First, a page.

As far as your overall concern about transparency, the final version will include an in-game encyclopedia to explain all the nitty-gritty details, and we plan to show growth rates in the UI update.
Hooray!
I'd also like to call bullshit on this argument. If you were to look at the language 100 years ago, it would be nearly unrecognisable, but noone complains about the game being written in modern english. It would be incomprehensible if it were written in period english, so just imagine that it's being translated by a scholar with a fondness for the F-word P:
I didn't frame my point very well, I think. I'm trying to convey that 'fuck' as a swear word doesn't even have an equivalent in functionality, and doesn't, to the best of my awareness, work as a reasonable stand-in for something that has been dropped from English.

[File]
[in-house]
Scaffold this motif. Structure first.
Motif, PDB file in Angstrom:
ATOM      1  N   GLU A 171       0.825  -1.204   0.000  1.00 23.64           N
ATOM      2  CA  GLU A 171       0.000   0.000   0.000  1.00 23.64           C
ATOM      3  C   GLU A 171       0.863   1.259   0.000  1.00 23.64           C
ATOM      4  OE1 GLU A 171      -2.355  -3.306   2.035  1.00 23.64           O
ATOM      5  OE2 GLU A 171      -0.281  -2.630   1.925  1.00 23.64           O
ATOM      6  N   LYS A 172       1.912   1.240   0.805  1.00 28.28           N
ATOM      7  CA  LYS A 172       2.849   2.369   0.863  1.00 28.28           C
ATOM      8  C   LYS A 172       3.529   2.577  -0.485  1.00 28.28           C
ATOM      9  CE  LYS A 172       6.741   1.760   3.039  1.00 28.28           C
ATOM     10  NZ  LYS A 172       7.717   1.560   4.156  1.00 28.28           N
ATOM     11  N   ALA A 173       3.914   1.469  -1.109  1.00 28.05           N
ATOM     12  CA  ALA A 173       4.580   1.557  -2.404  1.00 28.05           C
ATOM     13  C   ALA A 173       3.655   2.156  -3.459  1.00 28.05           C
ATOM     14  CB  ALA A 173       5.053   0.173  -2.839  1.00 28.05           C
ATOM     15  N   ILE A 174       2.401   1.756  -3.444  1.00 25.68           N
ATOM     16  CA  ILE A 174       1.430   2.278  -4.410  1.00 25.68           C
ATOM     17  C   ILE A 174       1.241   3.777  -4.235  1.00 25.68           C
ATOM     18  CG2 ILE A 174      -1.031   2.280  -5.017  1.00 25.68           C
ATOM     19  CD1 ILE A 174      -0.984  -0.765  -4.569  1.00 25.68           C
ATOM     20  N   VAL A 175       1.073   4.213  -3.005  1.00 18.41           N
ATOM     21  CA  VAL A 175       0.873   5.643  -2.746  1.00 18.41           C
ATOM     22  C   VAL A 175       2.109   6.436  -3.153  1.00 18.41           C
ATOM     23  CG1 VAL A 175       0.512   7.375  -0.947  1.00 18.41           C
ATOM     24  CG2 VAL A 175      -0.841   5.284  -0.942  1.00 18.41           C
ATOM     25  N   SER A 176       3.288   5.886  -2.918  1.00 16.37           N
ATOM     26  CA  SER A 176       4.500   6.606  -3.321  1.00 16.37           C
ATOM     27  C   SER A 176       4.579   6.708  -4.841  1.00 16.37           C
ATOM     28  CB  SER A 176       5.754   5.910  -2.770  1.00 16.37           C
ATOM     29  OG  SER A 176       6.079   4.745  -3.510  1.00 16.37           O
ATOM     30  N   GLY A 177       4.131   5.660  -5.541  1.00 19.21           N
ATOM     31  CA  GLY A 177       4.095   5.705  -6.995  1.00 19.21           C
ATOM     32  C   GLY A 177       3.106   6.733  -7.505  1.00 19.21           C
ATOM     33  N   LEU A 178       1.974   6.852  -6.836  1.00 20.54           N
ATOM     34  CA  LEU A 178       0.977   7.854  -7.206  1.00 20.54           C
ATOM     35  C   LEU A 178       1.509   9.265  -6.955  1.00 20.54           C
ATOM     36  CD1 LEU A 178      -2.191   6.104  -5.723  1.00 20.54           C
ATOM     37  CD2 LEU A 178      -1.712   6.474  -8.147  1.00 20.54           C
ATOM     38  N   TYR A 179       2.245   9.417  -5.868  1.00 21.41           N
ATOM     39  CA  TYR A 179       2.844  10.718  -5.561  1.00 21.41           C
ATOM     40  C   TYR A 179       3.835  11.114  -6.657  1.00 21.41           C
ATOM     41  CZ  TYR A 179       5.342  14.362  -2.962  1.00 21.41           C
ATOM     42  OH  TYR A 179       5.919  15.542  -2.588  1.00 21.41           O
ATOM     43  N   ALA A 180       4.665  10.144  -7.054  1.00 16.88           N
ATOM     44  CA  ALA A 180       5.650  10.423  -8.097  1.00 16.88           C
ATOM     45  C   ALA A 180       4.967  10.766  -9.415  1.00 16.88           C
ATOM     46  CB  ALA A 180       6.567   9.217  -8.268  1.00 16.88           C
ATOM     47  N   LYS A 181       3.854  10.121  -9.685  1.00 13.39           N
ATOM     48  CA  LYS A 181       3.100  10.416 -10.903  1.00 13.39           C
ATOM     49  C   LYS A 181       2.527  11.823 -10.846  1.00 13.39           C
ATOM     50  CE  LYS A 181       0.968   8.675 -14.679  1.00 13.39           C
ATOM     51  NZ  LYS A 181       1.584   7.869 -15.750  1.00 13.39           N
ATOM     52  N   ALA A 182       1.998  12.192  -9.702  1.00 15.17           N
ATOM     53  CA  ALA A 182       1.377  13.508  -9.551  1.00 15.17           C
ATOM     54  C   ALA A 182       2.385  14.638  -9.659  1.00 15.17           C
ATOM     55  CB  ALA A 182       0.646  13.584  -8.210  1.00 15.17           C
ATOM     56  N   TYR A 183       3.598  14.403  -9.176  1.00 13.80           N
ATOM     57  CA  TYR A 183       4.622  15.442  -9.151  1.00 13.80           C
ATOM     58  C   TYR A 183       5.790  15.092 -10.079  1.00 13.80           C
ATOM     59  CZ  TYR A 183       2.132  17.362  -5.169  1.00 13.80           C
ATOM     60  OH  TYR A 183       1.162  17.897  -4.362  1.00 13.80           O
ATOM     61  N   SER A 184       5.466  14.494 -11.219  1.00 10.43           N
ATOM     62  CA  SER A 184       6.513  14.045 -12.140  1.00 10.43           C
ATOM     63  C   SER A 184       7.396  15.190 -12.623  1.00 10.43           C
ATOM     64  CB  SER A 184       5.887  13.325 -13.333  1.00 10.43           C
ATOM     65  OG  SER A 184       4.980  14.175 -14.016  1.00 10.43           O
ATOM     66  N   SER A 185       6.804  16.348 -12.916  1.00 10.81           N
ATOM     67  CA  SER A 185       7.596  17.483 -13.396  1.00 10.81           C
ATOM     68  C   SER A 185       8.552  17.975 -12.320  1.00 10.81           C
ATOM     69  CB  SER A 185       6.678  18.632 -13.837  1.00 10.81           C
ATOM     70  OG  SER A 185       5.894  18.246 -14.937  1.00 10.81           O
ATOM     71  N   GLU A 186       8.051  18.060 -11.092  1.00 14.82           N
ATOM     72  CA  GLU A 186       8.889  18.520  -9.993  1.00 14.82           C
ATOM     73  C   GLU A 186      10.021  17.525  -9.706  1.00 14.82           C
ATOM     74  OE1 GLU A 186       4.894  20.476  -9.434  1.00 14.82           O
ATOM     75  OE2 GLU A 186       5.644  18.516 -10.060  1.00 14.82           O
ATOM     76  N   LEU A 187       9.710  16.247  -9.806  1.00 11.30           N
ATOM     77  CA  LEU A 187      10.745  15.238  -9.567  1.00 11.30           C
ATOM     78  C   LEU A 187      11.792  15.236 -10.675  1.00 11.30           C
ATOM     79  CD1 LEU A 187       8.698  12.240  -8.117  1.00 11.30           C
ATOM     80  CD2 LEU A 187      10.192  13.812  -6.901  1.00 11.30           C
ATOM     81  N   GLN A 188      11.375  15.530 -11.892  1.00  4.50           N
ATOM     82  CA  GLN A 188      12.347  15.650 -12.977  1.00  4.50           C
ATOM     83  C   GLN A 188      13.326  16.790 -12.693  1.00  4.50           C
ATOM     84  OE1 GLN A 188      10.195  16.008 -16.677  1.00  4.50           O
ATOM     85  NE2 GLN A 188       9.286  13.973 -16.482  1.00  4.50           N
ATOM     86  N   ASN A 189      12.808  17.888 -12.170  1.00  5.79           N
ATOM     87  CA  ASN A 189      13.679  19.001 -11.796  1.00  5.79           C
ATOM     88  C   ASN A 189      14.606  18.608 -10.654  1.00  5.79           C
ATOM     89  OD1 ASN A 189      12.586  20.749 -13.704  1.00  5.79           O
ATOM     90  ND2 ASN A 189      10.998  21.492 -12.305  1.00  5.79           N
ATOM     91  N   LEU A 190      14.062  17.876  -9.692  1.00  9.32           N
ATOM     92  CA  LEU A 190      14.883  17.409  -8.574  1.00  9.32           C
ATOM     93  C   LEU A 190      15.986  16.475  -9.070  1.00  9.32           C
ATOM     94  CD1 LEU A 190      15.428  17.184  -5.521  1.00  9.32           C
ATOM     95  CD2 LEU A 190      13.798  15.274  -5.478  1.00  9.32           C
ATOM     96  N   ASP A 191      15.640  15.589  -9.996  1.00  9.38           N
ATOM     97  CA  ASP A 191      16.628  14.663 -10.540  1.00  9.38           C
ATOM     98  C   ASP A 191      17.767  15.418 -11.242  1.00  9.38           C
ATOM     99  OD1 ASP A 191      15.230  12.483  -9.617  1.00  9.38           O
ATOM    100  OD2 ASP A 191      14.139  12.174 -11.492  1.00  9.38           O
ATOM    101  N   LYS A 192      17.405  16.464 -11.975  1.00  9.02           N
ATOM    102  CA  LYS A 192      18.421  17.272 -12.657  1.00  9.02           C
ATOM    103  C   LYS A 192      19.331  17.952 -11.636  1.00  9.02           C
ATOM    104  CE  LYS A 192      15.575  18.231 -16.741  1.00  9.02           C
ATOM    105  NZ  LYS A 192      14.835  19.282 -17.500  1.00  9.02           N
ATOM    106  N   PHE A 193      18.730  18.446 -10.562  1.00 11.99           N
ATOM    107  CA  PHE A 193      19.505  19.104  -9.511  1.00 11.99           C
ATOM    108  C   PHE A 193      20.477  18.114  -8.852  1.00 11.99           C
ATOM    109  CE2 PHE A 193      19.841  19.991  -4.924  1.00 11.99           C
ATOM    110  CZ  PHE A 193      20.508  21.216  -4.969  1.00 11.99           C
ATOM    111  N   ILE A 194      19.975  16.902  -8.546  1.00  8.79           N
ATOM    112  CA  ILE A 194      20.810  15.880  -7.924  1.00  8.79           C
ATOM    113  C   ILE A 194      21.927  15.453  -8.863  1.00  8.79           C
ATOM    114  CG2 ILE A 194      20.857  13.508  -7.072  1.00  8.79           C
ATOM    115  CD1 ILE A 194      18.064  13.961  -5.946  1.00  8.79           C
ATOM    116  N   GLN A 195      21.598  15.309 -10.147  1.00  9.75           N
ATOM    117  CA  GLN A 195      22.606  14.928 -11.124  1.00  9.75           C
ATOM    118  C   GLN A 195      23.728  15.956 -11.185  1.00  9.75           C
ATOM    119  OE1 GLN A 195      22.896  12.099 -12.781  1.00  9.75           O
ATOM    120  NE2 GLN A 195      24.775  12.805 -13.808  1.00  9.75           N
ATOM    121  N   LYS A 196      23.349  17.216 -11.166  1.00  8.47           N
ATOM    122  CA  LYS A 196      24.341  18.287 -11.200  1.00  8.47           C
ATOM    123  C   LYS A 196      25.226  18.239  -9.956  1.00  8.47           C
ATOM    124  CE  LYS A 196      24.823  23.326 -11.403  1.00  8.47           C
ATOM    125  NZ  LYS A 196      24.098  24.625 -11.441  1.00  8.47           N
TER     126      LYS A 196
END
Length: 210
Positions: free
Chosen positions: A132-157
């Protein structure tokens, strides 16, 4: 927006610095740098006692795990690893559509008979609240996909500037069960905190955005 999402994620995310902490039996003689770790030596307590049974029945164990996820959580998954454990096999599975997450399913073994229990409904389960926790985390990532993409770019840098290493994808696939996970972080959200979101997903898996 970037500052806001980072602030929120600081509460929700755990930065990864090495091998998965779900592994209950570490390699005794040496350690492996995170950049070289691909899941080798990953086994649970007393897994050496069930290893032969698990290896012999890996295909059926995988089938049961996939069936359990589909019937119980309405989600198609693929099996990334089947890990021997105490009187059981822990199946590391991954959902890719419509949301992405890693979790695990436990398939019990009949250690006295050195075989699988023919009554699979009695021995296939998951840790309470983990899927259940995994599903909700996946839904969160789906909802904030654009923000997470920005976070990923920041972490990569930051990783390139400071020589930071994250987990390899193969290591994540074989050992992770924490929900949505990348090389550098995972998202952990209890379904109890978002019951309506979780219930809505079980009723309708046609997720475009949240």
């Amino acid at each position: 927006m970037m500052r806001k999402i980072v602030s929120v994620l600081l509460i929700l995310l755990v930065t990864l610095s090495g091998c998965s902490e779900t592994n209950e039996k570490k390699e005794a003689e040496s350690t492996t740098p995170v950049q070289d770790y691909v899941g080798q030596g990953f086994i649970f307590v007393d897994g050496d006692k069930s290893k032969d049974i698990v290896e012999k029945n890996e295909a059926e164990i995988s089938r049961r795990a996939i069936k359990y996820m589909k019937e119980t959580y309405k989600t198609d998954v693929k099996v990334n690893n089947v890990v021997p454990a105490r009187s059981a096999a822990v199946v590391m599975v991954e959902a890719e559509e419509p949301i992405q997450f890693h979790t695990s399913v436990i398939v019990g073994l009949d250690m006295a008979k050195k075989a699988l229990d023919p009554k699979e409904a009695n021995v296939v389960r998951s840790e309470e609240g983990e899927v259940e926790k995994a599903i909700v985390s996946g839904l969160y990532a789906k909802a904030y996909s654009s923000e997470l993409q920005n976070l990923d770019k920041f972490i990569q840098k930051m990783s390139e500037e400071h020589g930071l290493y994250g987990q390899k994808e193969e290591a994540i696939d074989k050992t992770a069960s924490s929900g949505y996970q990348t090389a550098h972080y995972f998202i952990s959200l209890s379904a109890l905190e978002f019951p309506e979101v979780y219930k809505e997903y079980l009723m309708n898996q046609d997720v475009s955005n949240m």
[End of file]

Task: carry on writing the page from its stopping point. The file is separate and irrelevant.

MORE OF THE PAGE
Like, Japanese is a super-duper-formal/polite language that doesn't even have swear words, but I don't object to various translations of Japanese media utilizing swearing, because what's often being done is an attempt to capture an idea that is not actually directly translatable. Pretty much anytime an English translation of Japanese media has someone saying 'You bastard!" the original Japanese was, instead, using a form of 'you' that is overly familiar and thus extremely rude to be using when said to someone who isn't a close friend -when modern English only has one form of 'you' in the first place and Americans in particular are so informal/crass/rude that it's basically impossible to convey "insufficiently polite" in a translation normalizing to American culture without just invoking swear words.